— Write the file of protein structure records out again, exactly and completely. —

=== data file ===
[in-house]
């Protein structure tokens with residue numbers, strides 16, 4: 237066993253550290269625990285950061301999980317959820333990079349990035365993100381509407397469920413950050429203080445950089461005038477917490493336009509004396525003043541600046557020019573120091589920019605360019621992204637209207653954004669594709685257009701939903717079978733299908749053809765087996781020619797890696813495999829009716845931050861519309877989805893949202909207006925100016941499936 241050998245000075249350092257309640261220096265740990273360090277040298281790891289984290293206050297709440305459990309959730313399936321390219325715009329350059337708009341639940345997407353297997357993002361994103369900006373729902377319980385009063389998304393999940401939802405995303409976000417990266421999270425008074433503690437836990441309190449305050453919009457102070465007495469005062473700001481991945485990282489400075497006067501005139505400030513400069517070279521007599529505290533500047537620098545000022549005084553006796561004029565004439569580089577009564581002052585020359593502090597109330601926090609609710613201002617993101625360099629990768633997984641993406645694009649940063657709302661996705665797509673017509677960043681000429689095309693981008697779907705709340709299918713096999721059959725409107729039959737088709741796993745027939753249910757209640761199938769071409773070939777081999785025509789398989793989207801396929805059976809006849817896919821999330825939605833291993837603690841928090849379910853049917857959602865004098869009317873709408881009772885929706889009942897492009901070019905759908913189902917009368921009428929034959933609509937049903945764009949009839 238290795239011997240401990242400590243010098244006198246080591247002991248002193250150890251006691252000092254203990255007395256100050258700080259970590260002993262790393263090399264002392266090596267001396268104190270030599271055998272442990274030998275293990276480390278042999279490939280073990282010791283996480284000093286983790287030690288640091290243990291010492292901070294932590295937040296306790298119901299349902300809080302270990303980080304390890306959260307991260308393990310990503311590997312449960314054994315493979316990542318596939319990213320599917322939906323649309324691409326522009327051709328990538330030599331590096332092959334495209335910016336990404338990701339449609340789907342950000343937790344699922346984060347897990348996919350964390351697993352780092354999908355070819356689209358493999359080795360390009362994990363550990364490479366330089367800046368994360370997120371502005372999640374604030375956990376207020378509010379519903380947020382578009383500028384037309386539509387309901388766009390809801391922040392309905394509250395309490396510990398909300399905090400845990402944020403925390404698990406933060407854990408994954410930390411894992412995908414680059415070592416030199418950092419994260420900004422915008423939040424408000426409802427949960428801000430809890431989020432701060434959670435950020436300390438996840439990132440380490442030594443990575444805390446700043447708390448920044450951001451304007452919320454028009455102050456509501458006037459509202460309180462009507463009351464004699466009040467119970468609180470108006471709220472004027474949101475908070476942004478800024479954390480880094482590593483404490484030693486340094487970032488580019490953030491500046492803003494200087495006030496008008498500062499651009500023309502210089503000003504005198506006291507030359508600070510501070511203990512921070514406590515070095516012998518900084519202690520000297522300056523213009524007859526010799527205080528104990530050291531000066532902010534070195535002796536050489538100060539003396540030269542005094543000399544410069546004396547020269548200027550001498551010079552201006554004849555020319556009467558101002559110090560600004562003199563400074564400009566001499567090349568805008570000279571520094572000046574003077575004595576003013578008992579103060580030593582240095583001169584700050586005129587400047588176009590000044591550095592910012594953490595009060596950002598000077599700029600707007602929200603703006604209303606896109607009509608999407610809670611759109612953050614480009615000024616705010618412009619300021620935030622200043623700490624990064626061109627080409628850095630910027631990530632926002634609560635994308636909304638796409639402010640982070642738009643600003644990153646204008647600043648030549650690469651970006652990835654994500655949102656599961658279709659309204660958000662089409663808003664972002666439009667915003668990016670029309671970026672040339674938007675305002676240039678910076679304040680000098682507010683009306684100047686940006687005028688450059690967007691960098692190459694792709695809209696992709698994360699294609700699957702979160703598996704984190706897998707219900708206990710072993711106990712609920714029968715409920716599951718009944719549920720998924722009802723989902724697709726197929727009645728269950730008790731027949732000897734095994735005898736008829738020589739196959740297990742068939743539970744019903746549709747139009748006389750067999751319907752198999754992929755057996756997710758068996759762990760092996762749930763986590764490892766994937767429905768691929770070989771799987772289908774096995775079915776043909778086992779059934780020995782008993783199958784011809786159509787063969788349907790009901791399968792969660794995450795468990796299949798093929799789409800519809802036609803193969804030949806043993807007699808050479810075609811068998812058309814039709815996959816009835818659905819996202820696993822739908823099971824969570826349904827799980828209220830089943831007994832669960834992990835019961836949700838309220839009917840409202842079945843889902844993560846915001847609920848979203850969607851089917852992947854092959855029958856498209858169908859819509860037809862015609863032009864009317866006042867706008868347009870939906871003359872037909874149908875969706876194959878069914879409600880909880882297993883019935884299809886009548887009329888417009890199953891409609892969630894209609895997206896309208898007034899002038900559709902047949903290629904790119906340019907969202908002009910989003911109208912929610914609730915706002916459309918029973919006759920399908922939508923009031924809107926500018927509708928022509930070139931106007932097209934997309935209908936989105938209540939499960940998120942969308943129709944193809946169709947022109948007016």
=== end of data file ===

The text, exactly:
[in-house]
């Protein structure tokens with residue numbers, strides 16, 4: 237066993253550290269625990285950061301999980317959820333990079349990035365993100381509407397469920413950050429203080445950089461005038477917490493336009509004396525003043541600046557020019573120091589920019605360019621992204637209207653954004669594709685257009701939903717079978733299908749053809765087996781020619797890696813495999829009716845931050861519309877989805893949202909207006925100016941499936 241050998245000075249350092257309640261220096265740990273360090277040298281790891289984290293206050297709440305459990309959730313399936321390219325715009329350059337708009341639940345997407353297997357993002361994103369900006373729902377319980385009063389998304393999940401939802405995303409976000417990266421999270425008074433503690437836990441309190449305050453919009457102070465007495469005062473700001481991945485990282489400075497006067501005139505400030513400069517070279521007599529505290533500047537620098545000022549005084553006796561004029565004439569580089577009564581002052585020359593502090597109330601926090609609710613201002617993101625360099629990768633997984641993406645694009649940063657709302661996705665797509673017509677960043681000429689095309693981008697779907705709340709299918713096999721059959725409107729039959737088709741796993745027939753249910757209640761199938769071409773070939777081999785025509789398989793989207801396929805059976809006849817896919821999330825939605833291993837603690841928090849379910853049917857959602865004098869009317873709408881009772885929706889009942897492009901070019905759908913189902917009368921009428929034959933609509937049903945764009949009839 238290795239011997240401990242400590243010098244006198246080591247002991248002193250150890251006691252000092254203990255007395256100050258700080259970590260002993262790393263090399264002392266090596267001396268104190270030599271055998272442990274030998275293990276480390278042999279490939280073990282010791283996480284000093286983790287030690288640091290243990291010492292901070294932590295937040296306790298119901299349902300809080302270990303980080304390890306959260307991260308393990310990503311590997312449960314054994315493979316990542318596939319990213320599917322939906323649309324691409326522009327051709328990538330030599331590096332092959334495209335910016336990404338990701339449609340789907342950000343937790344699922346984060347897990348996919350964390351697993352780092354999908355070819356689209358493999359080795360390009362994990363550990364490479366330089367800046368994360370997120371502005372999640374604030375956990376207020378509010379519903380947020382578009383500028384037309386539509387309901388766009390809801391922040392309905394509250395309490396510990398909300399905090400845990402944020403925390404698990406933060407854990408994954410930390411894992412995908414680059415070592416030199418950092419994260420900004422915008423939040424408000426409802427949960428801000430809890431989020432701060434959670435950020436300390438996840439990132440380490442030594443990575444805390446700043447708390448920044450951001451304007452919320454028009455102050456509501458006037459509202460309180462009507463009351464004699466009040467119970468609180470108006471709220472004027474949101475908070476942004478800024479954390480880094482590593483404490484030693486340094487970032488580019490953030491500046492803003494200087495006030496008008498500062499651009500023309502210089503000003504005198506006291507030359508600070510501070511203990512921070514406590515070095516012998518900084519202690520000297522300056523213009524007859526010799527205080528104990530050291531000066532902010534070195535002796536050489538100060539003396540030269542005094543000399544410069546004396547020269548200027550001498551010079552201006554004849555020319556009467558101002559110090560600004562003199563400074564400009566001499567090349568805008570000279571520094572000046574003077575004595576003013578008992579103060580030593582240095583001169584700050586005129587400047588176009590000044591550095592910012594953490595009060596950002598000077599700029600707007602929200603703006604209303606896109607009509608999407610809670611759109612953050614480009615000024616705010618412009619300021620935030622200043623700490624990064626061109627080409628850095630910027631990530632926002634609560635994308636909304638796409639402010640982070642738009643600003644990153646204008647600043648030549650690469651970006652990835654994500655949102656599961658279709659309204660958000662089409663808003664972002666439009667915003668990016670029309671970026672040339674938007675305002676240039678910076679304040680000098682507010683009306684100047686940006687005028688450059690967007691960098692190459694792709695809209696992709698994360699294609700699957702979160703598996704984190706897998707219900708206990710072993711106990712609920714029968715409920716599951718009944719549920720998924722009802723989902724697709726197929727009645728269950730008790731027949732000897734095994735005898736008829738020589739196959740297990742068939743539970744019903746549709747139009748006389750067999751319907752198999754992929755057996756997710758068996759762990760092996762749930763986590764490892766994937767429905768691929770070989771799987772289908774096995775079915776043909778086992779059934780020995782008993783199958784011809786159509787063969788349907790009901791399968792969660794995450795468990796299949798093929799789409800519809802036609803193969804030949806043993807007699808050479810075609811068998812058309814039709815996959816009835818659905819996202820696993822739908823099971824969570826349904827799980828209220830089943831007994832669960834992990835019961836949700838309220839009917840409202842079945843889902844993560846915001847609920848979203850969607851089917852992947854092959855029958856498209858169908859819509860037809862015609863032009864009317866006042867706008868347009870939906871003359872037909874149908875969706876194959878069914879409600880909880882297993883019935884299809886009548887009329888417009890199953891409609892969630894209609895997206896309208898007034899002038900559709902047949903290629904790119906340019907969202908002009910989003911109208912929610914609730915706002916459309918029973919006759920399908922939508923009031924809107926500018927509708928022509930070139931106007932097209934997309935209908936989105938209540939499960940998120942969308943129709944193809946169709947022109948007016």